I had a Sea Story ready to post when I received a similar story on the same incident from Ken DeKing. I begin to
think there must be others who also remember the time the Thornback unexpectedly took a steep down angle and
was headed for the bottom of the Atlantic Ocean. So, if you remember the incident and would like to tell us where
you were and what you were doing during that time, send me your comments. There's also a reference to the
incident in the newspaper article, "Thornback Heads Home", from the Charleston Evening Post by Ed Harrill. This
article, written in July 1959, is posted on the Newspaper section of this website.
I wonder how many people remember the incident on our shakedown cruise after the Charleston Navy Yard
overhaul when we lost depth control.
We had an automatic depth control devise that had a bad habit of going to full dive when it was shut off. The yard
was supposed to have fixed this problem, and we were snorkeling at standard speed, testing the fix, when the
officer of the deck decided to shut it down to see if it really was fixed. It was not, the planes went to full dive. I was
on duty in the maneuvering room, as senior controllerman, and as soon as I felt us going at a steep angle, I shut
down the engines and told the junior controllerman to go to "All back full". The junior guy, I'm sorry I can't
remember his name but he was an EM3 with red hair, said "We didn't get a bell", and I said "I don't care, do it". We
got to a very steep angle before the boat was leveled. A few minutes later Captain Babbitt called on the 7MC,
"maneuvering, how long before you got the bell did you get to all back full"? We both felt a cold chill, but I said
something like "about 20 seconds, sir", the captain said "very well". As long as I served on the Thornback, I don't
think they ever used the automatic depth control again.
The incident aboard the Thornback when the DKC (Depth Keeper Control) malfunctioned will always be with me. I
was the throttleman on the 2000-2400 watch in the after engine room at that time. We were snorkeling from Key
West to Charleston with the DKC set for snorkel depth (I believe that was 56-57-58 feet) when we suddenly took a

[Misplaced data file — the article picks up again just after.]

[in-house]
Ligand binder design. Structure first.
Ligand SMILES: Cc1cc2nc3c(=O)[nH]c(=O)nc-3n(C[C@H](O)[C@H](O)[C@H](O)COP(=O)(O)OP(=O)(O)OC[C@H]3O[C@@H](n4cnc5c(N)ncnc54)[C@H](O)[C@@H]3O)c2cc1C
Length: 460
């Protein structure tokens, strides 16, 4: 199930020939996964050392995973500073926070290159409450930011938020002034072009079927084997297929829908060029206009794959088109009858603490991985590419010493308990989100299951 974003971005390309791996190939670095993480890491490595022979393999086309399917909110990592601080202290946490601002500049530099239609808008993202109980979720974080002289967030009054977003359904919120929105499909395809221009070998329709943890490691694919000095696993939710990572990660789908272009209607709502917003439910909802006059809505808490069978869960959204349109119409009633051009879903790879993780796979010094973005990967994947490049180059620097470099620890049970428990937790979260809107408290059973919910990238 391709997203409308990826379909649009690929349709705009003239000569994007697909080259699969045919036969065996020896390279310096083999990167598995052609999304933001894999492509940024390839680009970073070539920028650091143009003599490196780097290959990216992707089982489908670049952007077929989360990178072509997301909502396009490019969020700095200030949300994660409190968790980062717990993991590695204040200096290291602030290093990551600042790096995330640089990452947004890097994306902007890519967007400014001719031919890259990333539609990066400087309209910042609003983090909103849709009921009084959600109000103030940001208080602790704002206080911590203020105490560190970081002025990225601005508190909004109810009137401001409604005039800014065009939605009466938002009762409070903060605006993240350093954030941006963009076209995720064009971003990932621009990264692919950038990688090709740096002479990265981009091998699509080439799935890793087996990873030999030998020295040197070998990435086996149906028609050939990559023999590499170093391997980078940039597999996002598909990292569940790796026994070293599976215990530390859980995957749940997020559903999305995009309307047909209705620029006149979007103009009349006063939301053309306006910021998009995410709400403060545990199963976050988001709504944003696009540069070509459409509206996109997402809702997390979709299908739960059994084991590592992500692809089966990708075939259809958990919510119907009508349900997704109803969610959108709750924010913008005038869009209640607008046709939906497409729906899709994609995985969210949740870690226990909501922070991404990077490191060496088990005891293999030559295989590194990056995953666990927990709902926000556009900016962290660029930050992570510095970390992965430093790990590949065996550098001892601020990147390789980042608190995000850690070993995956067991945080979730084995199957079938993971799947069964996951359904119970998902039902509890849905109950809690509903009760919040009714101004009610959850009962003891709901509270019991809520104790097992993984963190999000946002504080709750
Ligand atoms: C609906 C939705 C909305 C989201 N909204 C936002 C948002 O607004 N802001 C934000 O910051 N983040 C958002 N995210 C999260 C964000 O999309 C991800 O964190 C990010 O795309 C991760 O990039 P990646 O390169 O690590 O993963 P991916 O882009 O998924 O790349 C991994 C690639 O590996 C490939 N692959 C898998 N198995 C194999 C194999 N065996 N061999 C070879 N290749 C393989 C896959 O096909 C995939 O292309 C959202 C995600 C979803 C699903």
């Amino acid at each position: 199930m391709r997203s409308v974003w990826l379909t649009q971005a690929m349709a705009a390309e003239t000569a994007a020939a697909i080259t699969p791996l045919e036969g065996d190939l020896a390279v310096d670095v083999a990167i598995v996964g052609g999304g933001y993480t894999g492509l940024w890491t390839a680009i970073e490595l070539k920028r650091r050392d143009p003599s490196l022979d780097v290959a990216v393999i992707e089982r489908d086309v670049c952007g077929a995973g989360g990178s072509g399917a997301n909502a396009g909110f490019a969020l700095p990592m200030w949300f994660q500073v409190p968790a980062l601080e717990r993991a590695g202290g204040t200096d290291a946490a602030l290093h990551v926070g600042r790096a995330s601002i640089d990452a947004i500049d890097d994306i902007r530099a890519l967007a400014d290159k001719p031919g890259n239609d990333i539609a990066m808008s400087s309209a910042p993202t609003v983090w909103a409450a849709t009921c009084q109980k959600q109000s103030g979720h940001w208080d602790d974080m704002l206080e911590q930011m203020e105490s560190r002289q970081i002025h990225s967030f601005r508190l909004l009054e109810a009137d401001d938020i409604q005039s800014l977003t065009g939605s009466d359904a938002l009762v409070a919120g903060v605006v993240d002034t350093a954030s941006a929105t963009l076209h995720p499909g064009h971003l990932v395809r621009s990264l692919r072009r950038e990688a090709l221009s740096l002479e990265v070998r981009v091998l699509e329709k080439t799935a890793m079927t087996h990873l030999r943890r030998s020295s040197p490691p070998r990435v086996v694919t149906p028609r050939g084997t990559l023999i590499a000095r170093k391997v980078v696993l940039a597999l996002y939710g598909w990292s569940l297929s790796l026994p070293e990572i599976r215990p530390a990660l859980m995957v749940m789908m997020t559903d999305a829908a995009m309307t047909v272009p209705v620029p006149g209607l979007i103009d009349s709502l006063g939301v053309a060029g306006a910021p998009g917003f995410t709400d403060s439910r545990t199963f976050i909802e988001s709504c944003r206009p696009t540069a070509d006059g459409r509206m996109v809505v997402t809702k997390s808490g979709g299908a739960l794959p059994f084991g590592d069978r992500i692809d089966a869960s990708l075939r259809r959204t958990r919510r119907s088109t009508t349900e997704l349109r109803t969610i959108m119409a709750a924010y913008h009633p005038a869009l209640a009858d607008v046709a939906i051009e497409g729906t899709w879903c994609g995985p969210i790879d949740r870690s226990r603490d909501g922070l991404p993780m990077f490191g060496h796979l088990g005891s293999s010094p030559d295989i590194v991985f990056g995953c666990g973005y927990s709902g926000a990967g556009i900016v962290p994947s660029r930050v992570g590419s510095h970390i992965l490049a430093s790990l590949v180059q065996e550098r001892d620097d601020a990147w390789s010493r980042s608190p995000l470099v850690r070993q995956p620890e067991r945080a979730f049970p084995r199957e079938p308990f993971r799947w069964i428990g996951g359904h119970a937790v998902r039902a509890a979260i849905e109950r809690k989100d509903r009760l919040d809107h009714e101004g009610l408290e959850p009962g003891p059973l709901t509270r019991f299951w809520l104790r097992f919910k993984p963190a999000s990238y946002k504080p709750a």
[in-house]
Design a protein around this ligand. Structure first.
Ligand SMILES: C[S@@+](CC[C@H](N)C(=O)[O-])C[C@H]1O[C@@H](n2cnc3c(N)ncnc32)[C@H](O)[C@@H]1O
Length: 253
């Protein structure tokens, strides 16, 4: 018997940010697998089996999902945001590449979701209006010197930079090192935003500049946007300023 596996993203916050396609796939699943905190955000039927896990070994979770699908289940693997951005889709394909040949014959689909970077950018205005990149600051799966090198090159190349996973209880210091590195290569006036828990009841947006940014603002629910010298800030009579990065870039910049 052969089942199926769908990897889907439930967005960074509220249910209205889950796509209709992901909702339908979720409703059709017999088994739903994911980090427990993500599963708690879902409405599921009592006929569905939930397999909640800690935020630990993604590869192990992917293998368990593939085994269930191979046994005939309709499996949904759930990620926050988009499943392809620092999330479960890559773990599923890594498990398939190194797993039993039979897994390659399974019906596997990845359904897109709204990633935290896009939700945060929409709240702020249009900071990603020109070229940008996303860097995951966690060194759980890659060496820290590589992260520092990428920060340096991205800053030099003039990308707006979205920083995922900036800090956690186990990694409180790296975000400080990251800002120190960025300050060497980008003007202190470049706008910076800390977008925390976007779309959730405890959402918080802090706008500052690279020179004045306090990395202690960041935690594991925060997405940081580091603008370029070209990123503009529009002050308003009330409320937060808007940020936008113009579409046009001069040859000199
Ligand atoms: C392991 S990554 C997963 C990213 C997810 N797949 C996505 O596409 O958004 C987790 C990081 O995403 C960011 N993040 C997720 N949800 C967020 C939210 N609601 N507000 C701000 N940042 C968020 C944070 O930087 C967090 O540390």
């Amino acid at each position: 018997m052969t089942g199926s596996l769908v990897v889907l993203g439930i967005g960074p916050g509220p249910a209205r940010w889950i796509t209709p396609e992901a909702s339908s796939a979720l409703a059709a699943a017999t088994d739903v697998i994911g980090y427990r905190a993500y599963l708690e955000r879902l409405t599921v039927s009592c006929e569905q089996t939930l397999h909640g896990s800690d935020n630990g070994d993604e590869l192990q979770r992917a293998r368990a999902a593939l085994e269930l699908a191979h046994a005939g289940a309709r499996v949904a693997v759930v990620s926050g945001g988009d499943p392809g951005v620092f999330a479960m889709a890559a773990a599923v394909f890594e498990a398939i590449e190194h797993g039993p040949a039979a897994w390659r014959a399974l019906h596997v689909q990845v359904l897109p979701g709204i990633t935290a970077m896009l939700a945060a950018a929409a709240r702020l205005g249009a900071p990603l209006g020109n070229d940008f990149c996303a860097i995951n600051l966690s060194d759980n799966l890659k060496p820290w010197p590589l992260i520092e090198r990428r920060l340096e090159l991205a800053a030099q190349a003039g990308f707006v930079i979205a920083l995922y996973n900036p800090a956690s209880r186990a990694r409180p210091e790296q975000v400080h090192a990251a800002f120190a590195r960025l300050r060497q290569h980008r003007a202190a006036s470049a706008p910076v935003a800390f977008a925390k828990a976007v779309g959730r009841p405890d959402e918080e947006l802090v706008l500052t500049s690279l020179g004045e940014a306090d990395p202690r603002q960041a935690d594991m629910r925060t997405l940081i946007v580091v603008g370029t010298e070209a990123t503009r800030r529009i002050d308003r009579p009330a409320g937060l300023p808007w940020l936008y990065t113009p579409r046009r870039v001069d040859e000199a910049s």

steep nose-down attitude. The snorkel head valve closed as it went below the surface and the engines were
sucking air from inside the boat and exhausting it out the snorkel exhaust mast. The engines were supposed to
shut down automatically at 6 inches of vacuum and I had never seen that happen. Usually the worst case in rough
seas would only result in about 2.5 - 3 inches of vacuum before the snorkel head valve would pop out of the water
and open. The snorkel head valve had 3 electrodes on it, which caused the valve to shut when the electrodes
became wet. Once, I was asleep in my bunk during snorkeling and it must have been rough because when I awoke
my ear drums were very tender and it hurt when I swallowed. This was due to the interior of the boat switching back
and forth between vacuum and pressure over and over, and, me being asleep I wasn't swallowing to equalize the
atmosphere in the boat.
Anyway, as we nosed down I remember grabbing the overhead circulating sea-water valve to keep from falling
forward. I was thinking we were not going to pull out of the dive in time to prevent the engine automatic shut-down
because of how fast we were going deeper, the steep down-angle, and the speed of the vacuum gauge needle.
The two men (I believe Kostiuk was the throttleman and Sears was the oiler) in the forward engine room were trying
to hold on and I remember seeing Sears slip down due to the steep angle and he was bumping along forward on
the engine room deck on his butt. Like me, Kostic was hanging on to an overhead valve handle.
Around 6 inches of vacuum the engine(s) shut down, we were still heading down and loose gear was falling over
and sliding forward along the deck. I can't remember if we were snorkeling on one or two engines. I was very
puzzled as to what was going on as we kept going down. Then I heard the air as the control room begin blowing the
bow tanks in an attempt to check the dive. But we kept going down.
I seem to remember the depth gauge in the engine room was passing 200 feet when I felt the boat begin to shake,
indicating the screws had been put in reverse. The down angle begin to lessen and we slowly begin to level out but
then the boat begin to take a stern-down angle. Shortly after this the boat returned to zero bubble.
I was later told the DKC had malfunctioned, suddenly put us in a steep dive and before the dive was checked the
forward torpedo room depth gauge was reading 400 feet. We had a reporter on board from the Charleston
newspaper riding with us to do a story for his newspaper.
Was the Big Dive played down by the reporter or did he not understand we were close to losing control due to the
steep down angle? There had to be a degree of panic in the control room and he would have had to pick up on it. I
would estimate our down angle at between 35 and 45 degrees. There was no way you could have stood on the
deck or walked through a compartment. I was hanging on to the overhead valve handle, almost swinging from it
and I knew not to let go. And when I heard the tanks being blown and we still continued down I remember thinking
the angle was so great that the air could not raise the bow. Imagine what was happening in the control room when
the blowing of the tanks didn't correct the problem. (Remember one of the first things we did on orders to surface
was blow the bow tank to get an up angle.) Maybe the reporter was asked to make it sound routine and not to get
After reading DeKing's remembrance and learning how he reacted, one could speculate that he could have
possibly saved the boat and crew that night. Suppose DeKing had waited for the order to reverse the screws?
Suppose the other electrician had refused DeKing's order to go to reverse until he got the bell?